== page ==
During the third week of April, Kentucky State Police telecommunications personnel at Post 13 in Hazard will join more than 200,000 fellow communicators throughout the United States being recognized for their long hours and dedication to public safety.
Often called “the unsung heroes of public safety” or the “first” first responders, since they are usually the first to receive requests for emergency services from the public, they play a vital role in the delivery of public safety services. Kentucky residents depend on the skill, expertise and commitment of these men and women.
In addition to receiving calls for emergency service from the public, they gather information about the situation and alert troopers to respond. They are also a lifeline for troopers and CVE offi cers in the field, providing a constant link to resources that can often be the difference between life and death. These duties include dealing with highly emotional callers and notifying the proper agencies, calling wrecker services, notifying channels of administration, running license plate and drivers license numbers, running criminal histories, and notifying family members while continuing to answer new calls and handling other radio traffic.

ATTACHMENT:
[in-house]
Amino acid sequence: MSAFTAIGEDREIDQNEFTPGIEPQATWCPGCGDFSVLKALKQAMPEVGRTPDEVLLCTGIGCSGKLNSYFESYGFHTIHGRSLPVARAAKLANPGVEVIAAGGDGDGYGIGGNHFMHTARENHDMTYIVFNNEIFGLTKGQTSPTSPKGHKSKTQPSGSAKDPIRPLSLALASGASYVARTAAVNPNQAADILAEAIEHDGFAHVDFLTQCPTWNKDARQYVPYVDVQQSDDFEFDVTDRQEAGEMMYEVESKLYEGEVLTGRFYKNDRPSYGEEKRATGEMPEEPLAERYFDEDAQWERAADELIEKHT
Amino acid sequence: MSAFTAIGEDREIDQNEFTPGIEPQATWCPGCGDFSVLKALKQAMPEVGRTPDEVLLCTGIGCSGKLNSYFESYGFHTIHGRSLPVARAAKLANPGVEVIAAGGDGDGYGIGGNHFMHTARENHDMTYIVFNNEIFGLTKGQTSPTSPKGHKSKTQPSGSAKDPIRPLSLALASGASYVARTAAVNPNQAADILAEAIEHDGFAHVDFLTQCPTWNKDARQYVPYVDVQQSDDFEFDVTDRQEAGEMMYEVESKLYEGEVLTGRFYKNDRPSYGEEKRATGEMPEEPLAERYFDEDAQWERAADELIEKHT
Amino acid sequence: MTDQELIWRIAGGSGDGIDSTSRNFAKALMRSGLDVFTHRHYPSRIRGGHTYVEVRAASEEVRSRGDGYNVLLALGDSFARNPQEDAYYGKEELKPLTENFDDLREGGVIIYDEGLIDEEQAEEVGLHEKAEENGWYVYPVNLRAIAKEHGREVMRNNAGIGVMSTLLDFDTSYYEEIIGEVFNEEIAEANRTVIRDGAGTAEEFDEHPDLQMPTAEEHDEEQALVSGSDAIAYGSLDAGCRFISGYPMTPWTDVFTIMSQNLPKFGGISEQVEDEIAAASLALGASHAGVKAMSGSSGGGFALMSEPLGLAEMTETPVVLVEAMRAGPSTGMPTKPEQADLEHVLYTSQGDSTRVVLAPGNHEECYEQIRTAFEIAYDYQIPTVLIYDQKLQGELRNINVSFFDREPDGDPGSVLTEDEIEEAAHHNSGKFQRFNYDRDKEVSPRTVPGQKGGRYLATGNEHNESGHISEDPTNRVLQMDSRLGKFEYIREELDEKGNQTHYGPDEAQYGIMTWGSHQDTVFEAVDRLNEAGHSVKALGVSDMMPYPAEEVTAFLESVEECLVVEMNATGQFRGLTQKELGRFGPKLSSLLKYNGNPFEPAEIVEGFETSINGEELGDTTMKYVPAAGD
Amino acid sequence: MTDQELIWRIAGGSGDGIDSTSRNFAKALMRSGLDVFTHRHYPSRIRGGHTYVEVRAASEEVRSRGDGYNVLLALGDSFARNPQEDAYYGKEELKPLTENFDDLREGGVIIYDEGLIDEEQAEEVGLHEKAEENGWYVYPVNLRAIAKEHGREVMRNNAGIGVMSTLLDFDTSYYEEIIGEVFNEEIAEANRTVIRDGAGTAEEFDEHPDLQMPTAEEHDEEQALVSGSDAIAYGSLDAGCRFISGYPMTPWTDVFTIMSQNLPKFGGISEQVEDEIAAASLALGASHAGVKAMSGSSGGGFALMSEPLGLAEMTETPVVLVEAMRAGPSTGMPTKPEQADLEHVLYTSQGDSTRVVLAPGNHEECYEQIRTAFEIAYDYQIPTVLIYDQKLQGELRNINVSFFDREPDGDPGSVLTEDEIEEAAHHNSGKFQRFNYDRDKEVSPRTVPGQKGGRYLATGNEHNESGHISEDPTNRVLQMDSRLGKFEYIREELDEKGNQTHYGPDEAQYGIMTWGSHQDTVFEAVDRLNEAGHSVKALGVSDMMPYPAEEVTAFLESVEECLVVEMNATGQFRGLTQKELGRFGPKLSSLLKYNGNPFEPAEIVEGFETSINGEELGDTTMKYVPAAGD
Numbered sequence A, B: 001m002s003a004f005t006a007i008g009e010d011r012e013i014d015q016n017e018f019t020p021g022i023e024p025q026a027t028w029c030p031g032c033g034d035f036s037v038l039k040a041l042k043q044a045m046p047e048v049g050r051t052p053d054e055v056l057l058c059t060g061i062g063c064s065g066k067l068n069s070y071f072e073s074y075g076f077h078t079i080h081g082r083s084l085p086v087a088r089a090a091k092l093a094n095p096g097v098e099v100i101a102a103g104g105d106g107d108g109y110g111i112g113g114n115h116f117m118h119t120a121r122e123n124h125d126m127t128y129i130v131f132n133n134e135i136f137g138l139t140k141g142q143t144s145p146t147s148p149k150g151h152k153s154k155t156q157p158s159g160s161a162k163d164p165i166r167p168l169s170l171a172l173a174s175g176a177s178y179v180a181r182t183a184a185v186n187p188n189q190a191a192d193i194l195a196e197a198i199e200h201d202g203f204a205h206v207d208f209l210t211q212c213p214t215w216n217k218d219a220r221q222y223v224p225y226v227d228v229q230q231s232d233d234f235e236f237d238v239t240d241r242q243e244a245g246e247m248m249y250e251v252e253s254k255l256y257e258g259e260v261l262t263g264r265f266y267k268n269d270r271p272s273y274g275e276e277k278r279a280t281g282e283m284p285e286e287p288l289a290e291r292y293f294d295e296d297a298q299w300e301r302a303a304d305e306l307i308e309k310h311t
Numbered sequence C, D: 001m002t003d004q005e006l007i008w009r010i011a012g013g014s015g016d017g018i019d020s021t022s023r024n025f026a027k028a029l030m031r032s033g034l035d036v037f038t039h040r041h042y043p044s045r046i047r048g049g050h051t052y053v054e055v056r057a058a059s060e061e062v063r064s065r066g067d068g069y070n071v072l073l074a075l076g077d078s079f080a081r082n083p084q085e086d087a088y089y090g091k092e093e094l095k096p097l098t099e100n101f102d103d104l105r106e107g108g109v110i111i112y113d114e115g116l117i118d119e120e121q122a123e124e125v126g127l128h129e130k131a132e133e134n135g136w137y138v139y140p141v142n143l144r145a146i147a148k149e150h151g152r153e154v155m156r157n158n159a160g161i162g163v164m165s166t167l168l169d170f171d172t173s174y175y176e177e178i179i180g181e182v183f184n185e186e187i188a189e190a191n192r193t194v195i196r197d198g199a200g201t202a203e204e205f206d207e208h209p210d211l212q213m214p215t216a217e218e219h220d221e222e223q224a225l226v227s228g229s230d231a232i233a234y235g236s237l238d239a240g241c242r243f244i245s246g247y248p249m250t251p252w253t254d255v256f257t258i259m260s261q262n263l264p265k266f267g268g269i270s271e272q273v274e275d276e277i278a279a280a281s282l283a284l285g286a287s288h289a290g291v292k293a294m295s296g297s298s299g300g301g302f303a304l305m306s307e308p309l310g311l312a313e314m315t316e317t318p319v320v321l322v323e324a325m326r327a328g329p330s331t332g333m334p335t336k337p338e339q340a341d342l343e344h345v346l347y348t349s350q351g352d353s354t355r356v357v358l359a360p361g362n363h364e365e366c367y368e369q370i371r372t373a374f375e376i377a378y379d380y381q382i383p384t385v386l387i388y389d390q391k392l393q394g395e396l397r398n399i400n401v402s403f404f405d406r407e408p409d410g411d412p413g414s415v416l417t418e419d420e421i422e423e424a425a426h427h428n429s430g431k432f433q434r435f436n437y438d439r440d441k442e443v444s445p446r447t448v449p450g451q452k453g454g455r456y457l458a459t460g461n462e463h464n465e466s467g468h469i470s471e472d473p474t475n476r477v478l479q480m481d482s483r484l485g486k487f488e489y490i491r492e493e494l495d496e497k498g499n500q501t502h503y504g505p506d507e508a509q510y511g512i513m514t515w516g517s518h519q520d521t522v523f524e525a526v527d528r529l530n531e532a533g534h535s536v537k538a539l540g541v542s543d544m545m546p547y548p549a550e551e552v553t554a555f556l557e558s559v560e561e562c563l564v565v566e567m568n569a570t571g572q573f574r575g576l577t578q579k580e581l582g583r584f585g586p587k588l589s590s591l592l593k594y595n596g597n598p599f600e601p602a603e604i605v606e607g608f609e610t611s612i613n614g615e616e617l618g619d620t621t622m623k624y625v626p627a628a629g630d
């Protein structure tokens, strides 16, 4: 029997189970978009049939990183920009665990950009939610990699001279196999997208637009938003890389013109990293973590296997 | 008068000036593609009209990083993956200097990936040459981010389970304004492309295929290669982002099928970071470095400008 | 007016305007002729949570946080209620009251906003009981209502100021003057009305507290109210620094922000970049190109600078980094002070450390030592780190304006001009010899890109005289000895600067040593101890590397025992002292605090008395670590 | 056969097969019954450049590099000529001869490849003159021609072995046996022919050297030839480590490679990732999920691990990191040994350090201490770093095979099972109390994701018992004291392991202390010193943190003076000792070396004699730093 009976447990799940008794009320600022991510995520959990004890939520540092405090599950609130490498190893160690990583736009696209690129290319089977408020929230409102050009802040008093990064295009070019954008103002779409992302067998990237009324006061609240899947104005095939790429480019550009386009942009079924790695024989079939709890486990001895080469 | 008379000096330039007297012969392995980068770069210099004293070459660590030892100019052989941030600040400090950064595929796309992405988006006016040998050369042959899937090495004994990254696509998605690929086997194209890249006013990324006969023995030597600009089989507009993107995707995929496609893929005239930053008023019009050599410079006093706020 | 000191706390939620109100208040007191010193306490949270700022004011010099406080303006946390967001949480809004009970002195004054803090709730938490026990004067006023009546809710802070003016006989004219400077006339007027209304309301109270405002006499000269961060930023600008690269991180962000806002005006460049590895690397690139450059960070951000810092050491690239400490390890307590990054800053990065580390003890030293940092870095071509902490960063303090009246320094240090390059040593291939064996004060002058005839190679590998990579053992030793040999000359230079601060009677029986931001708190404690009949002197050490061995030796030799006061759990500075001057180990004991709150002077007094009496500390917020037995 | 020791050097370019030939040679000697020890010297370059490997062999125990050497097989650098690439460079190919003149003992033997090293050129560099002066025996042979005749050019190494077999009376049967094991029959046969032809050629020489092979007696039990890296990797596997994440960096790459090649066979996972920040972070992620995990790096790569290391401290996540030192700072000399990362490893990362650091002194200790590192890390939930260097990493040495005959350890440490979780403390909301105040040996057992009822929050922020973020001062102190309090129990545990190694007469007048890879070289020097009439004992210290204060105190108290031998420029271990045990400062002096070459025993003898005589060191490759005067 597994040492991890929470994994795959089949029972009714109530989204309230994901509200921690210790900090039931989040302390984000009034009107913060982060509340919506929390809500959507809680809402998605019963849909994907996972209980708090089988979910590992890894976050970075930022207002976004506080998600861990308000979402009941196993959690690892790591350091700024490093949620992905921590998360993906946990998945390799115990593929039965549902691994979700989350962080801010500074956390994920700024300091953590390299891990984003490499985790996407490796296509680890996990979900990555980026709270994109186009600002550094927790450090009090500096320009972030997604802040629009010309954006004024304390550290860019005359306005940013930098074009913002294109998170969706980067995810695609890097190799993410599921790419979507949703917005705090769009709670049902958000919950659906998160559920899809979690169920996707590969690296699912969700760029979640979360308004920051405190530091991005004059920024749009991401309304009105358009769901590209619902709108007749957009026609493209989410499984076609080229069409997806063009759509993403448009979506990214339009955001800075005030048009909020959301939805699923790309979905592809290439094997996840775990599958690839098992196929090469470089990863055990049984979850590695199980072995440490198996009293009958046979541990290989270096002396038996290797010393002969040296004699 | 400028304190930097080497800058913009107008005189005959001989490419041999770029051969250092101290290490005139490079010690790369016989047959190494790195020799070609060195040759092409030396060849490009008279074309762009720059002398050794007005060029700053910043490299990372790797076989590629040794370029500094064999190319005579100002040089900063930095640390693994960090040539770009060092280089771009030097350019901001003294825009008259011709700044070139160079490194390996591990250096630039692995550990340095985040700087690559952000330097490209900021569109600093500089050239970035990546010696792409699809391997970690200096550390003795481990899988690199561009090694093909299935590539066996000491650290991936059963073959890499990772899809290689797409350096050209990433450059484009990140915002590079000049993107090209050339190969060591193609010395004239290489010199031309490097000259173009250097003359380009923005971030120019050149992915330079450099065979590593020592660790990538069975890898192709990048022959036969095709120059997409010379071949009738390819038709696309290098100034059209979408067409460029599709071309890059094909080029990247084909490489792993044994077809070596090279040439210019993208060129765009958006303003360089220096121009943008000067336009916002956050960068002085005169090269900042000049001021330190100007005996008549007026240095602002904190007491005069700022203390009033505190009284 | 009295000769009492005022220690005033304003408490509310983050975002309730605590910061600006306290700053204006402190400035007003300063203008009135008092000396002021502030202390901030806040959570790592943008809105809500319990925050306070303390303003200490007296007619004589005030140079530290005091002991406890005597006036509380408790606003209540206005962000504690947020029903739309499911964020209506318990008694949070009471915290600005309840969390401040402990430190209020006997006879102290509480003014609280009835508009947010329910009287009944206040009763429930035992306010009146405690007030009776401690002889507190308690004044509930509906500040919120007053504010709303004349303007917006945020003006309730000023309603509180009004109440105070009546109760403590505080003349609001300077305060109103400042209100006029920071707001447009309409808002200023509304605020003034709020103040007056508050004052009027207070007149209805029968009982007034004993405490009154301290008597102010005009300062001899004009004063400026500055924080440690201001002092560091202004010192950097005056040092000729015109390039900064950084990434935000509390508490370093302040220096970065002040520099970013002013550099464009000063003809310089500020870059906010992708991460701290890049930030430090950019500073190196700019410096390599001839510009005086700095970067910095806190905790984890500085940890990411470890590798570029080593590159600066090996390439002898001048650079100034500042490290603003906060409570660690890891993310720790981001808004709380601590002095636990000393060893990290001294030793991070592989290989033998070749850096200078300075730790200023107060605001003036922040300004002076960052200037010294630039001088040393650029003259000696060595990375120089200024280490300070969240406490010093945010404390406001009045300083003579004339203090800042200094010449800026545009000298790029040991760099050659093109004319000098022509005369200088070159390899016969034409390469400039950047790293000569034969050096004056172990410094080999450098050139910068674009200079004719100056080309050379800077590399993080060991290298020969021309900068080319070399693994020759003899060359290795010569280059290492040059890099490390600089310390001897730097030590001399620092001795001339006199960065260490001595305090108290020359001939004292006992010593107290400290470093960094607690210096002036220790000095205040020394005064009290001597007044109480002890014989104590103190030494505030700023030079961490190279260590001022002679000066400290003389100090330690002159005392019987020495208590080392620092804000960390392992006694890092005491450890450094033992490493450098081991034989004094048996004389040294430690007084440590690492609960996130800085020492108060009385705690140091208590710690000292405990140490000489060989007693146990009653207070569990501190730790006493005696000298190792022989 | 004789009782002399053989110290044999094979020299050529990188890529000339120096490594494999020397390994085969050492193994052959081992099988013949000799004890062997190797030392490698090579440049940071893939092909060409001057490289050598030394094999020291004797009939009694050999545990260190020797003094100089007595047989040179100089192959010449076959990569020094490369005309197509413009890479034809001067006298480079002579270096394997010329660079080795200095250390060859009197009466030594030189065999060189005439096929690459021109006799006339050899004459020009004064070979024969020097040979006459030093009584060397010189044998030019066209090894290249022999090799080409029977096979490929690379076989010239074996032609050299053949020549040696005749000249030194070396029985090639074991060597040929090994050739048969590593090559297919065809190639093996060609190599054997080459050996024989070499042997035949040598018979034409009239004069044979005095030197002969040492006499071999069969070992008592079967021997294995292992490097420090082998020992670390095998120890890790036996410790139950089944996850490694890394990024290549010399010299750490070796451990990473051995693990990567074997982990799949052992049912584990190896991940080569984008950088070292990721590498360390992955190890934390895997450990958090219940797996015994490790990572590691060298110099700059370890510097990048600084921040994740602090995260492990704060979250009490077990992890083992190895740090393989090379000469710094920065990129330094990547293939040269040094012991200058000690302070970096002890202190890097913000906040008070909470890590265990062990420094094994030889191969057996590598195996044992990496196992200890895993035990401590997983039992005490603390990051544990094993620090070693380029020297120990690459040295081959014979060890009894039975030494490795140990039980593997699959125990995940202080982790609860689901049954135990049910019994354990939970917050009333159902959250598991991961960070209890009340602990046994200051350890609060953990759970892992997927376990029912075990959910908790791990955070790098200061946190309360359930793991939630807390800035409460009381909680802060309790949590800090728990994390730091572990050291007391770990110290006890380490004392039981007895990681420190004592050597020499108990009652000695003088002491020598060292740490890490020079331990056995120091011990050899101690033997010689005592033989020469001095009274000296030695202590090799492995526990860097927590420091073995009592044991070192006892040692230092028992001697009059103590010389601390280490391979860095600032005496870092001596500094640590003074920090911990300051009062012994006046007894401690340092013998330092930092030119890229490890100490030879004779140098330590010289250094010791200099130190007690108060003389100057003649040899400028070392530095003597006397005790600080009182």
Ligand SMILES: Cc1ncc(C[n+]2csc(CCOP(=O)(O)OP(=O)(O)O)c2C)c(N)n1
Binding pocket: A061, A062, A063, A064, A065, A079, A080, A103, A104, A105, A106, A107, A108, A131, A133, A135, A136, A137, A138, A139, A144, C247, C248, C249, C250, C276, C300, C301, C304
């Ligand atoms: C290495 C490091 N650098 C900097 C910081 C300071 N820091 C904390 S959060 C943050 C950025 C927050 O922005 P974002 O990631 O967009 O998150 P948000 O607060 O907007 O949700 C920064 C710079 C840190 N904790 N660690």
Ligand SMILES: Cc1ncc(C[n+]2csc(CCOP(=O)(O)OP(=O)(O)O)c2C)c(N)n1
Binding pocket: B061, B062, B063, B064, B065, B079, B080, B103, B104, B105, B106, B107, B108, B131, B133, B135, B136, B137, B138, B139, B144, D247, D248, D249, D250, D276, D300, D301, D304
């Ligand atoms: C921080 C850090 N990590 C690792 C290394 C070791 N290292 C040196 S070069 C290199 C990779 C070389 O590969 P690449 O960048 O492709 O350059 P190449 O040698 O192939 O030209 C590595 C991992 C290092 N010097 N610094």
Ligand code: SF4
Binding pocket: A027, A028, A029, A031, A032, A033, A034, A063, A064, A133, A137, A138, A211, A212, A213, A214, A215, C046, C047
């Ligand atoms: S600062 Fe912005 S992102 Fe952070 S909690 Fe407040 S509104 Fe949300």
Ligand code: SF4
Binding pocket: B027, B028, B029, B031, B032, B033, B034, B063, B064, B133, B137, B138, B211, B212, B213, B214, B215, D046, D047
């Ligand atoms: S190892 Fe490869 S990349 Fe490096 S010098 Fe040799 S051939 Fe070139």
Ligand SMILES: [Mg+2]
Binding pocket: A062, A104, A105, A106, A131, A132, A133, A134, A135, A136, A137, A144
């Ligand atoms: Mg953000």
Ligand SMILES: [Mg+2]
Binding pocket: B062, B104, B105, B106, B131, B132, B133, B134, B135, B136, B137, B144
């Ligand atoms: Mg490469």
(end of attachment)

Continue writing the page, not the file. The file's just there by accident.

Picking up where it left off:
“Our telecommunicators are more than just a voice on the other end of the line,” says KSP Commissioner Rodney Brewer. “They work on the front lines of public safety and the services they provide cannot be measured in dollars for life is priceless. Their work often saves lives on a daily basis. It is fitting that we take this time to recognize their many contributions to the mission of the Kentucky State Police and to the citizens of the Commonwealth.”
KSP employs 163 telecommunicators at its 16 posts throughout the state. In 2013, they handled 529,179 calls. Post 13 in Hazard has 16 telecommunicators on staff who handles calls from a five-county area. Last year, they responded to 31,815 calls.